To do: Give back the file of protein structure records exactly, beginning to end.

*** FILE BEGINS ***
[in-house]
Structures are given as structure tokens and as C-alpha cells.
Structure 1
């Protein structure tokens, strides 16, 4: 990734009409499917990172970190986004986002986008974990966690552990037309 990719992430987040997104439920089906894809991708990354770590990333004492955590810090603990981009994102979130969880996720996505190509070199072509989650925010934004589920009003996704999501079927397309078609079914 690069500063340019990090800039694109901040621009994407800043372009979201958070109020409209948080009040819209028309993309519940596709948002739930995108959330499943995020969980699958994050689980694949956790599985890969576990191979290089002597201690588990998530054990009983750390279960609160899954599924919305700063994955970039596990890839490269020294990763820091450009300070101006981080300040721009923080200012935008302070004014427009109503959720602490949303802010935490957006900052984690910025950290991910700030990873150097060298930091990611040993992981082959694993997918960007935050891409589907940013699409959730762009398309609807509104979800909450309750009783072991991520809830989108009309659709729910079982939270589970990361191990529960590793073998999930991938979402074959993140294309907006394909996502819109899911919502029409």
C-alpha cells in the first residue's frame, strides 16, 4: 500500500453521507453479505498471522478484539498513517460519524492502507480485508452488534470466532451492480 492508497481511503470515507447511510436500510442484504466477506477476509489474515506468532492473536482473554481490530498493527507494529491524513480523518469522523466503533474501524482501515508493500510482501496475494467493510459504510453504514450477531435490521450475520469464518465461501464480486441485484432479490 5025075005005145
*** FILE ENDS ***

[in-house]
Structures are given as structure tokens and as C-alpha cells.
Structure 1
């Protein structure tokens, strides 16, 4: 990734009409499917990172970190986004986002986008974990966690552990037309 990719992430987040997104439920089906894809991708990354770590990333004492955590810090603990981009994102979130969880996720996505190509070199072509989650925010934004589920009003996704999501079927397309078609079914 690069500063340019990090800039694109901040621009994407800043372009979201958070109020409209948080009040819209028309993309519940596709948002739930995108959330499943995020969980699958994050689980694949956790599985890969576990191979290089002597201690588990998530054990009983750390279960609160899954599924919305700063994955970039596990890839490269020294990763820091450009300070101006981080300040721009923080200012935008302070004014427009109503959720602490949303802010935490957006900052984690910025950290991910700030990873150097060298930091990611040993992981082959694993997918960007935050891409589907940013699409959730762009398309609807509104979800909450309750009783072991991520809830989108009309659709729910079982939270589970990361191990529960590793073998999930991938979402074959993140294309907006394909996502819109899911919502029409």
C-alpha cells in the first residue's frame, strides 16, 4: 500500500453521507453479505498471522478484539498513517460519524492502507480485508452488534470466532451492480 492508497481511503470515507447511510436500510442484504466477506477476509489474515506468532492473536482473554481490530498493527507494529491524513480523518469522523466503533474501524482501515508493500510482501496475494467493510459504510453504514450477531435490521450475520469464518465461501464480486441485484432479490 5025075005005145